Pedestrian deaths were the biggest contributor to the festive road death toll over the 2017/18 festive season.
Minister of Transport Joe Maswanganyi released the figures in a report on Monday morning in Pretoria for the period from December 1, 2017 to January 9, 2018.
Pedestrian deaths accounted for 37% of fatalities in the period, up from 34% over the same period last year.
The previous biggest contributor last year, passenger fatalities, declined this year from 41% to 35% of total deaths.
"This indicates that it is possible to save more lives if more people use safety belts," Maswanganyi said
Third highest was deaths among primary drivers, which also increased from 23% to 27% of all deaths in the period.
Seven provinces decline
The overall road death toll over the 2017/2018 festive season decreased to 1 527, an 11% drop from the previous year.
This had surpassed the 10% target, compared to the 1 714 deaths recorded during 2016/2017 festive period, according to the minister.
Seven provinces experienced declines in total deaths over the period, with the exception of the Western Cape and the North West provinces.
They recorded a 7% and 11% increase respectively.
Western Cape Transport MEC Donald Grant said that pedestrian deaths were also the biggest contributor to the province's increase. They would analyse the role alcohol played in the death of pedestrians in the metros.
Limpopo had the biggest reduction in fatalities this year, followed by the Free State and KwaZulu-Natal.
There was a significant 44% decline in the number of arrests made in the period for drunken driving.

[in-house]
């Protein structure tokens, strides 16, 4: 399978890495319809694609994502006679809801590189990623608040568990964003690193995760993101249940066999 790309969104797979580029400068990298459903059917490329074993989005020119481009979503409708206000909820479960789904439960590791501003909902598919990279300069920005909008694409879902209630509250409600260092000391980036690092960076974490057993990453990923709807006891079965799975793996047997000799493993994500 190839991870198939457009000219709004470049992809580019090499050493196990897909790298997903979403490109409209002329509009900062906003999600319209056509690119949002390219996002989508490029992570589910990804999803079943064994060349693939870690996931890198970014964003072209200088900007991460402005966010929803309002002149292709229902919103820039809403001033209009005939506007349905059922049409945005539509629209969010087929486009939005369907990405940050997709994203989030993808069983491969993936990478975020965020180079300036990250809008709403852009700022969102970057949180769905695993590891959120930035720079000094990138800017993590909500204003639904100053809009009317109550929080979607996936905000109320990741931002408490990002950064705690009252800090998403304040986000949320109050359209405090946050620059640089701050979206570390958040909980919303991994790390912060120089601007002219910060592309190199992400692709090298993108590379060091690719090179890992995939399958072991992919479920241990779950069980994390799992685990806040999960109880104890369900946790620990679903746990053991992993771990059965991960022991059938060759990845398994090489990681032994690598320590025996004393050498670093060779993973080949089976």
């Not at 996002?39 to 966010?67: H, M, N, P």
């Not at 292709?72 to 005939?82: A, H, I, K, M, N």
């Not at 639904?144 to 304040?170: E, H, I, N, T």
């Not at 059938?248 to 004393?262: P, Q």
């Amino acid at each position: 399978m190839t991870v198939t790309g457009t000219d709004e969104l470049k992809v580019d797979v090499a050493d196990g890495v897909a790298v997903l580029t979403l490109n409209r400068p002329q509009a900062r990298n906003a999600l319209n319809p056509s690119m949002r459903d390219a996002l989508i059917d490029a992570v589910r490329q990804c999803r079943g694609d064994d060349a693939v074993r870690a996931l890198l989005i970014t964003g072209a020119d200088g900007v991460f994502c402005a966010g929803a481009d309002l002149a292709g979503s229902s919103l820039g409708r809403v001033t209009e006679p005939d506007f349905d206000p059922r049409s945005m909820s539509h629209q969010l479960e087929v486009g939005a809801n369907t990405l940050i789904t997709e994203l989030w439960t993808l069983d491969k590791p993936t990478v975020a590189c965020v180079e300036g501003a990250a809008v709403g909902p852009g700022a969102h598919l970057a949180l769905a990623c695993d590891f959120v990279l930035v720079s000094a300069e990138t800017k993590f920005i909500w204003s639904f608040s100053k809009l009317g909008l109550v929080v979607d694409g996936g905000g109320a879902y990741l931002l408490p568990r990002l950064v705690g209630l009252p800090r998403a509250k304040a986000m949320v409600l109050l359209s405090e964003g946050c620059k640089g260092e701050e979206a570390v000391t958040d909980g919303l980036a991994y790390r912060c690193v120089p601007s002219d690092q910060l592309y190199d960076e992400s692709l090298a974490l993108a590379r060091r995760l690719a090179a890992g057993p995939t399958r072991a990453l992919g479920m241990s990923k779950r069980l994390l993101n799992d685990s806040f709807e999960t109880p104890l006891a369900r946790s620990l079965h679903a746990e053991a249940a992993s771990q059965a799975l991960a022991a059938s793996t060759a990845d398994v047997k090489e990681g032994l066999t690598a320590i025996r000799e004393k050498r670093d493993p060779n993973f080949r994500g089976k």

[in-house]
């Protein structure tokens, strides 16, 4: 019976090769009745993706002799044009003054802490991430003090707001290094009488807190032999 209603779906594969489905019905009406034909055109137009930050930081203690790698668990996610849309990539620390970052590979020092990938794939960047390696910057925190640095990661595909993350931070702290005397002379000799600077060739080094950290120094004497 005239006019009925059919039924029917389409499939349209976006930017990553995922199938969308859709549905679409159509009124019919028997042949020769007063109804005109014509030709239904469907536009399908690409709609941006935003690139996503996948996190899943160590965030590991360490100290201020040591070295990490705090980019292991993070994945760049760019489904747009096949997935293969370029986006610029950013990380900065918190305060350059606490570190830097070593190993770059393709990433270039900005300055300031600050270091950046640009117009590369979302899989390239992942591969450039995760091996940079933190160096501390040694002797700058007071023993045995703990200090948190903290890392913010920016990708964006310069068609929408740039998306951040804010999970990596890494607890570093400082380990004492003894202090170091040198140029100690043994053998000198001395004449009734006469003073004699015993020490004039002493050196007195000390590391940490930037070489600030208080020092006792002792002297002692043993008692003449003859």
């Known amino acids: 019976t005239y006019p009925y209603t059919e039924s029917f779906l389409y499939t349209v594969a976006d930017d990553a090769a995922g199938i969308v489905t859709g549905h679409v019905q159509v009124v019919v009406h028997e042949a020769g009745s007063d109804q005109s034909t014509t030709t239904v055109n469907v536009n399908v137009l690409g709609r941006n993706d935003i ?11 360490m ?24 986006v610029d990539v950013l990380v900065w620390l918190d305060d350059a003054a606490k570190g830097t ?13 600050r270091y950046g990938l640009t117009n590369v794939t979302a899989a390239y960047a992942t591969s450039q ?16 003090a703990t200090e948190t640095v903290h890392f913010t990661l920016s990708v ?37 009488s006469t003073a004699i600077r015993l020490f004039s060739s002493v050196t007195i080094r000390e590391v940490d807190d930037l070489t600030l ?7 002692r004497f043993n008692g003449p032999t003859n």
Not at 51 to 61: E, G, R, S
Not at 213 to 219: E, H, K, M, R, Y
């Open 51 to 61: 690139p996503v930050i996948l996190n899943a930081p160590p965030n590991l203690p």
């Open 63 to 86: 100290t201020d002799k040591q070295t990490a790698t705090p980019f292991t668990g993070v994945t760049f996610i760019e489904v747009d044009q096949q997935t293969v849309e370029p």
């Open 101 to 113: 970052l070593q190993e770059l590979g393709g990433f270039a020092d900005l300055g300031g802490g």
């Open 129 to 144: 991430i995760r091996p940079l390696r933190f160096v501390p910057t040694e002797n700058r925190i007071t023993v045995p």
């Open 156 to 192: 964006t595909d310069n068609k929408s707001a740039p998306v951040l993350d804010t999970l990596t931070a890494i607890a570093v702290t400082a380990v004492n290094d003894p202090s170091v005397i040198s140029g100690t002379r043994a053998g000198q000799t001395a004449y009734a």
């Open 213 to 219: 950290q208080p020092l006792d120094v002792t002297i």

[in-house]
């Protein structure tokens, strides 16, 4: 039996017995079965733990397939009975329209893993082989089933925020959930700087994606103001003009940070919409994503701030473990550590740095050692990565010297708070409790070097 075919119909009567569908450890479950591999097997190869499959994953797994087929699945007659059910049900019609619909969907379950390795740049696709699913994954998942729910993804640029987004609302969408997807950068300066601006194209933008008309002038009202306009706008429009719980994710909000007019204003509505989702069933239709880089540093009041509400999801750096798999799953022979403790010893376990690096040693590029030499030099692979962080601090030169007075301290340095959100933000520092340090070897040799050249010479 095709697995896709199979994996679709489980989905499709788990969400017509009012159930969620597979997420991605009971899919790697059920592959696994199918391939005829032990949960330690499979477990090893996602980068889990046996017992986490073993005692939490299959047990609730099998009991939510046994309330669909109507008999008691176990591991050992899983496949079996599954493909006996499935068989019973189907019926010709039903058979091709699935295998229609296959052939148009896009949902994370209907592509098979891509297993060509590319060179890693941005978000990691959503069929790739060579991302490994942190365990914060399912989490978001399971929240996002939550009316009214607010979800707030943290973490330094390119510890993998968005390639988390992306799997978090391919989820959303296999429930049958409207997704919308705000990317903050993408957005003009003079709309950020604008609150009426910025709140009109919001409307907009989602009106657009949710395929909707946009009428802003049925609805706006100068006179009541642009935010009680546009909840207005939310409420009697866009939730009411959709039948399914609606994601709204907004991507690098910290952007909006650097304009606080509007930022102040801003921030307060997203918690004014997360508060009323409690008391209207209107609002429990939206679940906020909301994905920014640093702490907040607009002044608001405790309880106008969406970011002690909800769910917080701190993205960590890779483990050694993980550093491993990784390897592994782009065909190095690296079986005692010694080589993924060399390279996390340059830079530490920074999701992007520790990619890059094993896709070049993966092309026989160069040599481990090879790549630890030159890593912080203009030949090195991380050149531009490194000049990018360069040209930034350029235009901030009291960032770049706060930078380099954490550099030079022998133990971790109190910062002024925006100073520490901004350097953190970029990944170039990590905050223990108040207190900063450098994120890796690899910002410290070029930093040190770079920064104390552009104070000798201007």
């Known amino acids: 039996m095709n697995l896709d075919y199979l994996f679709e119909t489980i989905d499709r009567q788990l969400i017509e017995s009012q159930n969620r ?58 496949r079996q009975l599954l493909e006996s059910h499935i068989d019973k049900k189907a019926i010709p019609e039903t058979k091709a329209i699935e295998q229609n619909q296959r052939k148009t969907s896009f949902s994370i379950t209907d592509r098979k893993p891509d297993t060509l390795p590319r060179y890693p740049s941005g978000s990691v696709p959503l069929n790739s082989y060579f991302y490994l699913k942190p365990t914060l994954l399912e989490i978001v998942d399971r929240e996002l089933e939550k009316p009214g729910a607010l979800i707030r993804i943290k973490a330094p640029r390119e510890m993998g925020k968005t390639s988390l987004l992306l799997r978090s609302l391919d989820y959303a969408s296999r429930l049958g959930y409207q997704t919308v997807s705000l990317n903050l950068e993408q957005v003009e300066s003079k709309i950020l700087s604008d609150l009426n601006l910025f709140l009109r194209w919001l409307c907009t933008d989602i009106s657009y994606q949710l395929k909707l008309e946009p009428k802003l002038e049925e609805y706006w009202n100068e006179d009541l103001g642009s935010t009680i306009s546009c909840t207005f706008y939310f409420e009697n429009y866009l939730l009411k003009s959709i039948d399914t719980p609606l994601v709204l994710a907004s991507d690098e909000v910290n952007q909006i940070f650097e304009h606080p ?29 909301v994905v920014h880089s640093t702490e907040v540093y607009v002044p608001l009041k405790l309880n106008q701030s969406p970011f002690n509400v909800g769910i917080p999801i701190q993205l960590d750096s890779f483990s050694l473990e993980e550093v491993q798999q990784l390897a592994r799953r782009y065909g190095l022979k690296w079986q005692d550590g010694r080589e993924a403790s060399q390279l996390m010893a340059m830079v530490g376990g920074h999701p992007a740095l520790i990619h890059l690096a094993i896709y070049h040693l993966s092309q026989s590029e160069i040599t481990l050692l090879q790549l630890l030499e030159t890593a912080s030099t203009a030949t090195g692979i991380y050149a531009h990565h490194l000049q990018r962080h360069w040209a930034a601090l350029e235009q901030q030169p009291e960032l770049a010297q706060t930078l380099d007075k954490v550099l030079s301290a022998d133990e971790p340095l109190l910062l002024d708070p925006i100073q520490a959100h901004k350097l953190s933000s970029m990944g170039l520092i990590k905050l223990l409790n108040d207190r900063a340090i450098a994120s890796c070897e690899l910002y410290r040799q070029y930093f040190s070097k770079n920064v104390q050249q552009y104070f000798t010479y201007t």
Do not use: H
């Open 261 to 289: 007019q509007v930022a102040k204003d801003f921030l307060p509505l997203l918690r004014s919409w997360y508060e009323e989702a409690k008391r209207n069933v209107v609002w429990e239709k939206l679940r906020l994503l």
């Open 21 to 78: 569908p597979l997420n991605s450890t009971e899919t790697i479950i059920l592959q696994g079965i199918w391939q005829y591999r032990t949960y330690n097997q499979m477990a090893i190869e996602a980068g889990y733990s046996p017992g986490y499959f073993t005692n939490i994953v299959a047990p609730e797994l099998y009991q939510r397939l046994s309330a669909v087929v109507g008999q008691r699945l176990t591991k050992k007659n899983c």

The number declined from 5 943 in 2016/17 to 3 301 this year.
"This is another evidence of improved compliance and the success of our messages warning against drinking and driving."
'Youth' deaths, speeding arrests increase
There was an increase in fatalities among "youthful drivers" aged 25 and 34, while there was a decline in the number of fatalities among drivers between the ages of 35 and 49.
Official in-depth statistics by age will be released at a later date.
When it came to speeding, 922 drivers were arrested compared to 785 the previous year. Five motorists caught exceeding 220km/h in 120km/h zones were arrested in Limpopo, Gauteng, KZN and the Western Cape.
There was a 43% decline in fatalities in the top 13 identified "hazardous routes", down from 429 to 244 in the period.
The amount of registered vehicles increased from 10 801 558 to 11 028 193 year-on-year.
As for licensed drivers, the figure increased from 12 163 813 to 12 658 135.
In Limpopo, five licence examiners and three civilians were arrested for facilitating corrupt deals, while 12 officers were arrested for taking bribes.
In Gauteng, three privately-owned vehicles were raided, while 10 vehicle examiners were arrested for fraudulently issuing roadworthy certificates.
The total number of people arrested countrywide on fraud and corruption charges in the period was 32.
Maswanganyi said they would be focusing on closing down more stations that issued certificates without proper testing in 2018.
All MECs agreed that the high number of pedestrian deaths needed to be analysed, as well as the role that alcohol played in the high figure.